Skip to content
>> Home > Blog > How our Industry Champions helped define our policy priorities for 2022

How our Industry Champions helped define our policy priorities for 2022

rolls of fabric under counter

The creative industries is a wide and evolving sector. As such, when developing policy recommendations, the PEC has to navigate opinions, realities and shifting terrain. Of course, being an evidence centre, we respond to the latest data and reports, but we also have a commitment to work ‘with’ the creative industries, not just ‘on’. Put simply, industry engagement is essential in helping us define policy priorities.

The PEC runs an Industry Champions scheme, with members taken from across the full breadth of the creative industries. Each year we survey our Champions, to test our thinking and ensure we are absorbing emerging and potentially sector-changing ideas; there is no better way for us to check that our positioning aligns with real needs than to take guidance from those in the sector.

Specifically, the results from our annual survey generate policy priorities which we use to frame open research calls, consortium studies and industry panels. These activities then generate briefings and other publications which establish a frame for policy discussions in the UK. And through this work we demonstrate the central importance of industry voices.

The results

In our most recent survey, as in previous years, we asked our Champions what they considered to be the most urgent challenge facing the Creative Industries in the UK. Their responses were revealing and fell into three broad categories, from the most pressing through to those considered notable. Alongside some perennial challenges – such as education, and the economic system – certain challenges were imbued with particular significance, such as the effects of Covid-19. When speaking about the impact of Covid, champions highlighted a need for technological developments, and a strong sense that perceived injustices must be addressed.

The most pressing challenges (most frequently mentioned)

  • Brexit
  • Diversity, inclusion, and opportunities
  • The Covid-19 pandemic
  • The economic system, including funding, investment, and levelling up
  • Education, including primary, secondary, and tertiary

Significant challenges (mentioned more than once)

  • The workings of government
  • Innovation
  • Internationalisation

Notable challenges (mentioned once)

  • Climate change
  • Public Service Broadcasting
  • Live music (the decline of)
  • Content distribution

Within the responses, particular themes were also identified, which had strong resonance with existing PEC interests:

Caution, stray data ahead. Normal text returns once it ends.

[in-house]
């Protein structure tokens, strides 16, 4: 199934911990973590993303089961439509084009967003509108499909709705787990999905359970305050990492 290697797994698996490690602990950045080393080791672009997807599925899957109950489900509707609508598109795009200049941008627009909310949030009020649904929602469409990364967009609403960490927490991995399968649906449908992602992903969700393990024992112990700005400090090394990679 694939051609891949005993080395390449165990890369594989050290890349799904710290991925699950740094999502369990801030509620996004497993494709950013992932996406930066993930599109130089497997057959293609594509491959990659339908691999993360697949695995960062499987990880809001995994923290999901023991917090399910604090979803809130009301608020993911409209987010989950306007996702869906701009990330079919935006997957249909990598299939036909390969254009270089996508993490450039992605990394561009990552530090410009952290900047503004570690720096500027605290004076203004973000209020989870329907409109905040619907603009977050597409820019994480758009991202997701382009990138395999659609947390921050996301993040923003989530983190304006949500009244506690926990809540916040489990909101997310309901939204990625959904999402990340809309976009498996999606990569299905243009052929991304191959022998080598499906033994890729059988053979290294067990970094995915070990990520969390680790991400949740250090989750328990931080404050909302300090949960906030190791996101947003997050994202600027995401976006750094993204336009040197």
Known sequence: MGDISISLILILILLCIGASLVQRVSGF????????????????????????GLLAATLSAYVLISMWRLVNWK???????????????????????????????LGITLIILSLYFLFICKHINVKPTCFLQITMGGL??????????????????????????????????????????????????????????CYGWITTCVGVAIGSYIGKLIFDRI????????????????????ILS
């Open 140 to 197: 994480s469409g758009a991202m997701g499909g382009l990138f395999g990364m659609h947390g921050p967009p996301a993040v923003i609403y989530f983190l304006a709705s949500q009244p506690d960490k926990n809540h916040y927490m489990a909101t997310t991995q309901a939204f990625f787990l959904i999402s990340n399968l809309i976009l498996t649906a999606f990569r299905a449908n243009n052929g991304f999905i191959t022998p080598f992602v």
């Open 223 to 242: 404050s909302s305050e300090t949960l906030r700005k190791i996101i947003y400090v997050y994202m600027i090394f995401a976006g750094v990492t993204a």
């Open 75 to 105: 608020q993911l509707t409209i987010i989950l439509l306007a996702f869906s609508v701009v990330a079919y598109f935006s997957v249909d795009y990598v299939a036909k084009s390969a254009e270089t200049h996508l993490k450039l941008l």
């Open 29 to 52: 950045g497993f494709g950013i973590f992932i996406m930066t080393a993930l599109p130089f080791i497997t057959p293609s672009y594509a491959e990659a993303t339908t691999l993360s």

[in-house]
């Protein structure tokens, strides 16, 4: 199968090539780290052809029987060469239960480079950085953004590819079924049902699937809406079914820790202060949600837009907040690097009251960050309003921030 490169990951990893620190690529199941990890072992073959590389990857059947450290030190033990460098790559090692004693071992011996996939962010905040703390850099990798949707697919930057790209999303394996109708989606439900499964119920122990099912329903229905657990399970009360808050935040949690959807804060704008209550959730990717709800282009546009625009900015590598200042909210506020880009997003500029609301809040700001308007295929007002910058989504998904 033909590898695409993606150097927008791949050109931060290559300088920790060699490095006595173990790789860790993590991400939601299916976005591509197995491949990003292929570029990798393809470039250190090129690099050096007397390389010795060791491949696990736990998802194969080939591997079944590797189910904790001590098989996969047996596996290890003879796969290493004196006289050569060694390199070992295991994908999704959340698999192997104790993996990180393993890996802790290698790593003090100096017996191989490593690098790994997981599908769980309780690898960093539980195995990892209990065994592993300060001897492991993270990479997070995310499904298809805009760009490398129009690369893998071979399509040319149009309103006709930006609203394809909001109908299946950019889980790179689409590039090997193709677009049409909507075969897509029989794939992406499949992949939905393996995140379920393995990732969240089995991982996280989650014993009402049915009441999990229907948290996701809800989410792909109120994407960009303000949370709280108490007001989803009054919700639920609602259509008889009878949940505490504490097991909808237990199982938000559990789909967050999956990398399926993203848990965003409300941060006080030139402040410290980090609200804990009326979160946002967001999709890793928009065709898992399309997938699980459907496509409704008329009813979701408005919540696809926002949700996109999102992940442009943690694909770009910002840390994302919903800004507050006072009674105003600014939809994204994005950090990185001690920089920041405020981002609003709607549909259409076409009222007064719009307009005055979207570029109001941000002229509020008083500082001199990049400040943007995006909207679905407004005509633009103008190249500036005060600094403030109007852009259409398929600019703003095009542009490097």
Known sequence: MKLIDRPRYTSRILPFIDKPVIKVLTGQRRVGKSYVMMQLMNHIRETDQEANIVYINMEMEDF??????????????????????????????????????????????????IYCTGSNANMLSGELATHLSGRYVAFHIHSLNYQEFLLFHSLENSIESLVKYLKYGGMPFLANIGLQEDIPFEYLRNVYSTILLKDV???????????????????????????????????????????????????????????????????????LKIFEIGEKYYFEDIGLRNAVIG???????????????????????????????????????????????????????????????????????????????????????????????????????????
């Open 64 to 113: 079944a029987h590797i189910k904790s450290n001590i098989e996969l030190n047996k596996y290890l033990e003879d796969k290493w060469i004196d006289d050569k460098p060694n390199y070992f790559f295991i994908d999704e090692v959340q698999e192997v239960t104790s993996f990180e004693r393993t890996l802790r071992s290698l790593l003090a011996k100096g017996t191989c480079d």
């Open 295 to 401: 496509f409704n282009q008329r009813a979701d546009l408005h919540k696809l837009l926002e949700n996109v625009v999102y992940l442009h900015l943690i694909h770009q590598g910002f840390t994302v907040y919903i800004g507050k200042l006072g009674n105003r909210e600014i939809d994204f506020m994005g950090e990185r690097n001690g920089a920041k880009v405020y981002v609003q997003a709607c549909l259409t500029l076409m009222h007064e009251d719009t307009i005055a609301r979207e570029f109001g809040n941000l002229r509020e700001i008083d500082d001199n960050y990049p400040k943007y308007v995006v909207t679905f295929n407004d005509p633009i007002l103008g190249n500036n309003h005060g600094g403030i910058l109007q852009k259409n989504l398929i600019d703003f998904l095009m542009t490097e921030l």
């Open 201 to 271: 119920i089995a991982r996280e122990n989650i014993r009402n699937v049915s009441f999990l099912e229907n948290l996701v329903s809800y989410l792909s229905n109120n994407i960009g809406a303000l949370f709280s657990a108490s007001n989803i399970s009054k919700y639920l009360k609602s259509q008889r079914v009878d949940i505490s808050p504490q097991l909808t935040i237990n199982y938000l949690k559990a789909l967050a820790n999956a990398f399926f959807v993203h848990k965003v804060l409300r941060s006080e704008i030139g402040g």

• Convergence of media and technology
  • High social value of the arts and culture compared with low monetary returns
  • Disparity in status between arts and culture and STEM
  • Unstable incomes acting as a barrier to success and stability

And certain responses touched on emerging territory, linked to current working conditions and expectations:

  • Hybrid live and online events
  • Twin effects of Brexit and the Covid-19 pandemic and the need for reassessment of modes of operation

As we move into 2022, producing evidence to support the understanding of these challenges will form a focus for our work. And with the continued input of our Champions, through future surveys, we will ensure the PEC remains in the best place to decide where policy interventions are most necessary and valuable.

Please note:

The PEC’s Industry Champions Scheme is run in partnership with Creative UK. If you are interested in finding our more, please contact Tom Cahill-Jones, Partnerships Manager, PEC, at the email address

Related Blogs

Island in Transition: The Journey from Reggae Music Mecca to Creative Economy Hub

Andrea Dempster Chung, Co-founder and executive director of Kingston Creative A blog from Creative P…

UK engagement in Central Asia: Education and the creative economy in the territories of the ‘new Silk Roads’

Dr Martin Smith and Dr Gerald Lidstone look at the history of the British Council's work in Central …

Creative Industries in Egypt: An Overview 

Omar Nagati – GCEC Member and Co-Founder of CLUSTER – outlines the findings of a study into the crea…

Introducing the Global Creative Economy Council (GCEC)

Hasan Bakhshi and Rehana Mughal explain what the GCEC is trying to achieve and how the network will …

Global Creative Economy Council: An introduction from the Chair

John Newbigin introduces Creative PEC's Global Creative Economy Council

Creative PEC’s response to the Spring Budget 2024

Creative Industries in the 2024 Spring Budget The creative industries are a significant part of the …

Abstract image by Shahadat rahman
Copyright protection in AI-generated works

Timely exploration of copyright law and AI generated creative content

image of cinema
The economic value of cinema venues to their communities

In a tough economic climate for cinemas and where there is limited public funding, it is important t…

image of camera person filiming group in a room
Creative diversity in higher education

As the APPG for Creative Diversity launches their annual report, ‘Making the Creative Maj…

abstract art
Estimating the Contribution of Arts, Humanities and Social Sciences (AHSS) R&D to Creative Industries R&D

The UK’s creative industries are hugely innovative; PEC research has suggested that over two-th…

TV Studio Gallery
The Media Bill and the future of Public Service Broadcasting policy

In March the government published the first draft of its long-awaited Media Bill. The Bill prop…

Inside view of Victorian Shopping Arcade
Creative spillovers: Do the creative industries benefit firms in the wider economy?

The creative industries are a force for innovation in the UK. Firms in the creative industries (CIs)…


Sign up to our newsletter